Very good. The IRS estimates that taxpayers have lost over $ 65 million to tax-related phone scams. And, as you might expect, these scams are more common during tax season. Journalist Paige Pfleger caught a glimpse of the scams when her phone rang.

PAIGE PFLEGER, BYLINE: The voice on the other end of the phone said he was calling from the Pennsylvania State Police. He gave some information about me – my full name, my email address, where I went to college, when I graduated and told me the IRS had issued a warrant stop against me for not paying taxes on my university scholarship. I told him it all sounded fishy, ​​and that was his response.

UNIDENTIFIED PERSON: Can you see my phone number, ma’am, appearing on your cell phone right now?

PFLEGER: Yes.

UNIDENTIFIED PERSON: Go type the whole number online and see which office and service you are talking to.

PFLEGER: I mean, I see that’s the Pennsylvania State Police number.

He then told me that I can make it all go away by buying Apple Gift Cards. It was then that I realized it was a scam. But not everyone is so lucky.

MICHELLE ALBITZ: If I wanted to get a loan, I can’t because my credit right now is not very good.

PFLEGER: This is Michelle Albitz from Barto, PA. She got a credit card cash advance of over $ 10,000 last year when she was scammed, and she hasn’t been able to repay all of that money. She received the call while she was at work.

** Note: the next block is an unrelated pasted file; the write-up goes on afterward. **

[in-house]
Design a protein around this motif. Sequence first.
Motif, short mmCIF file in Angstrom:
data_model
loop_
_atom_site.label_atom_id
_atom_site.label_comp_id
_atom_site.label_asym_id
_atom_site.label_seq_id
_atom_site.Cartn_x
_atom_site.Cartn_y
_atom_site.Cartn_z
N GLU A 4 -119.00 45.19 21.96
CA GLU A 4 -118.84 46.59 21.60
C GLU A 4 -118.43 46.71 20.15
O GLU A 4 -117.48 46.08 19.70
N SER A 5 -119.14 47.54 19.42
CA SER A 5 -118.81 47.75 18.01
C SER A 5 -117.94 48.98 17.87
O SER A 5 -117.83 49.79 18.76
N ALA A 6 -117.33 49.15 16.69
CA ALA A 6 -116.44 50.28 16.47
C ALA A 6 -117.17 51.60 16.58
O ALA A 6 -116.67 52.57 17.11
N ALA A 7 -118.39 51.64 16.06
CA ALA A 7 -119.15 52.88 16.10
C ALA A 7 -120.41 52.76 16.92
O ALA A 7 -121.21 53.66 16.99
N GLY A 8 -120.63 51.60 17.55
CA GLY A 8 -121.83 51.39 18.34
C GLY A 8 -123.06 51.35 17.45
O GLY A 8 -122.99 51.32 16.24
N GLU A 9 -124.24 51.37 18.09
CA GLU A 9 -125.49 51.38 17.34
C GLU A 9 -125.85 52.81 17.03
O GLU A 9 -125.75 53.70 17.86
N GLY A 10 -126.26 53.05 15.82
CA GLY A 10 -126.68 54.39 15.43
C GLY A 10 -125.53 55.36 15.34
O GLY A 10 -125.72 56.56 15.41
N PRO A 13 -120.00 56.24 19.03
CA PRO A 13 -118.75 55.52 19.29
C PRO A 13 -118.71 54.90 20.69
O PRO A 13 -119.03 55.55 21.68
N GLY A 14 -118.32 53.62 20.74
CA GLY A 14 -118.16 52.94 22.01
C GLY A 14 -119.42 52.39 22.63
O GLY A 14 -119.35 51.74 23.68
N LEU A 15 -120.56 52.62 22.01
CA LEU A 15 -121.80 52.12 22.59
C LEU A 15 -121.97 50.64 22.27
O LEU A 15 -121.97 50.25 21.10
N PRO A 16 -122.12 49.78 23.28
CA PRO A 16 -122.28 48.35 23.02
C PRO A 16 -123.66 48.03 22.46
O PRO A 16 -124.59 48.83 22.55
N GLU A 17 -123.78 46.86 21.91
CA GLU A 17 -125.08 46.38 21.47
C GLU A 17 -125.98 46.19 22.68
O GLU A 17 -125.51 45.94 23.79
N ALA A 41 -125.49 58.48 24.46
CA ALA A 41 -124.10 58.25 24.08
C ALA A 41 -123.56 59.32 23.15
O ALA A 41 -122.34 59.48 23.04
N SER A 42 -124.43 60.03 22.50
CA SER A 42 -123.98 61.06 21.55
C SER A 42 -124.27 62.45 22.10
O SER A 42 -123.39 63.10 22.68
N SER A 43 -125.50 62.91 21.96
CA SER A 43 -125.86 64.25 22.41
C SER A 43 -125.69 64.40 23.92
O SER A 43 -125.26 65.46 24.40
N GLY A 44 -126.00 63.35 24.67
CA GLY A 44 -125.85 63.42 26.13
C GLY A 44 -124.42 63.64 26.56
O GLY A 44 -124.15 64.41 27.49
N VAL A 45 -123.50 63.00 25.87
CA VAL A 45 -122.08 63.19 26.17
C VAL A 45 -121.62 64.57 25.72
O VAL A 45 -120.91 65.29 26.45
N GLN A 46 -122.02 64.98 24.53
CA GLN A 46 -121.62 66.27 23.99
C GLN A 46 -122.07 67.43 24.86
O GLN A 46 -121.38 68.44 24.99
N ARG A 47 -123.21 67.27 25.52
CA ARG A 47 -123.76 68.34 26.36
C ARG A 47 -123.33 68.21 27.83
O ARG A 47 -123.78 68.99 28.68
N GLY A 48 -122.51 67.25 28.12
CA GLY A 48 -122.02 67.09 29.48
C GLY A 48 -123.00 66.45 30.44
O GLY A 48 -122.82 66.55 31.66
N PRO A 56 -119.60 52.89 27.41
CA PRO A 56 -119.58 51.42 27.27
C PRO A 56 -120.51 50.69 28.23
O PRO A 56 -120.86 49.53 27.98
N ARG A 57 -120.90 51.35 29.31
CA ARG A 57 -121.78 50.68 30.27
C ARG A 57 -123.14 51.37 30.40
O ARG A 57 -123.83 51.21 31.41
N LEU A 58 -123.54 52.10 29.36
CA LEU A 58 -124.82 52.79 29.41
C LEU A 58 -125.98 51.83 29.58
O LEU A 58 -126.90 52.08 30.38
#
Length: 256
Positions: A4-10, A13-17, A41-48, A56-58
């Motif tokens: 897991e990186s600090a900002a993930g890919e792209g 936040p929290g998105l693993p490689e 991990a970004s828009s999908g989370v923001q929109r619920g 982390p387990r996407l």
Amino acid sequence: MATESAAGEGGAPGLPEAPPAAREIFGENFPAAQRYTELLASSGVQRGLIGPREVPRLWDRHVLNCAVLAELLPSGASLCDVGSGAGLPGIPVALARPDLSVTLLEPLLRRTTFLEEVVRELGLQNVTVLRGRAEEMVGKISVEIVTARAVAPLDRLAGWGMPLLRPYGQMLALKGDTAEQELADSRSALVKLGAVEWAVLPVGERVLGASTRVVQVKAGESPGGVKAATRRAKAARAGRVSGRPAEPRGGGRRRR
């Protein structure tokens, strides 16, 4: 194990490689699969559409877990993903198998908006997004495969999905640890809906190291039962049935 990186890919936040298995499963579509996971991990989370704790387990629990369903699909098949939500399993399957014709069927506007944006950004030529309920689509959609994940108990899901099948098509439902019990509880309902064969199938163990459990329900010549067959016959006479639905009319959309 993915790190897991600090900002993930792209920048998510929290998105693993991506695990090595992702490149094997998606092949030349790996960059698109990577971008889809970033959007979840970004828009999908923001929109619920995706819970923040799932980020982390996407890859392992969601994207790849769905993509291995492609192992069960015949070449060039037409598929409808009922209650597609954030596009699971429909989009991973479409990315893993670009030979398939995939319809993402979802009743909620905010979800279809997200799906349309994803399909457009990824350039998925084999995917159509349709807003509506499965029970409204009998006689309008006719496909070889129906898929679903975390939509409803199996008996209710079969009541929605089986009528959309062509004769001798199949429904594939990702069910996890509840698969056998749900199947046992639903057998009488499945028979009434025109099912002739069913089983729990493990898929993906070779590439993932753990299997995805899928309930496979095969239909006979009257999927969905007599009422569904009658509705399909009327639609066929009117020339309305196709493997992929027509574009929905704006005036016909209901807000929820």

ALBITZ: And he said it was the IRS, that I owed the money, and if I didn’t call back that number, the local authorities would be after me.

PFLEGER: Albitz is one of more than 13,000 people in the United States who have fallen into a tax scam trap in the past five years, according to the Inspector General of the Treasury for the Tax Administration. California has the most casualties and lost dollars, with New York and Texas following close behind.

ED WIRTH: A lot of people are afraid of the IRS. And so, when you hear those words when someone calls, I think it intimidates a lot of people upon receiving the phone call.

PFLEGER: This is Ed Wirth, a special agent in the IRS Criminal Investigation Division. He says phone scams can be spotted because they come out of nowhere, and the request will seem really urgent, like with my scammer.

UNIDENTIFIED PERSON: So, do you want to fix the problem? It would be right away, right away.

PFLEGER: Often they threaten legal action like arrest or deportation. And they say that to make the problem go away, they need personal information or money. My scammer was trying to convince me that a gift card from an Apple store or a chain of grocery stores was considered a government obligation.

UNIDENTIFIED PERSON: If you want to fix the problem, ma’am, you have to go to the government authorized store at the government approved location. And you have to buy a federal bond for the amount of $ 7,980.

PFLEGER: Scammers can make any number appear on your caller ID, this is how they make it look like they are calling me from the state police number and how they can even give the impression that they are calling from the real IRS number. This can make these scams confusing. But the IRS’s Ed Wirth says people just need to remember one simple rule.

WIRTH: If you haven’t received any communication from us by US Post, we won’t call you.

PFLEGER: He urges people not to let fear of the taxman make you the next victim of a tax scam. For NPR News, I’m Paige Pfleger. Transcript provided by NPR, Copyright NPR.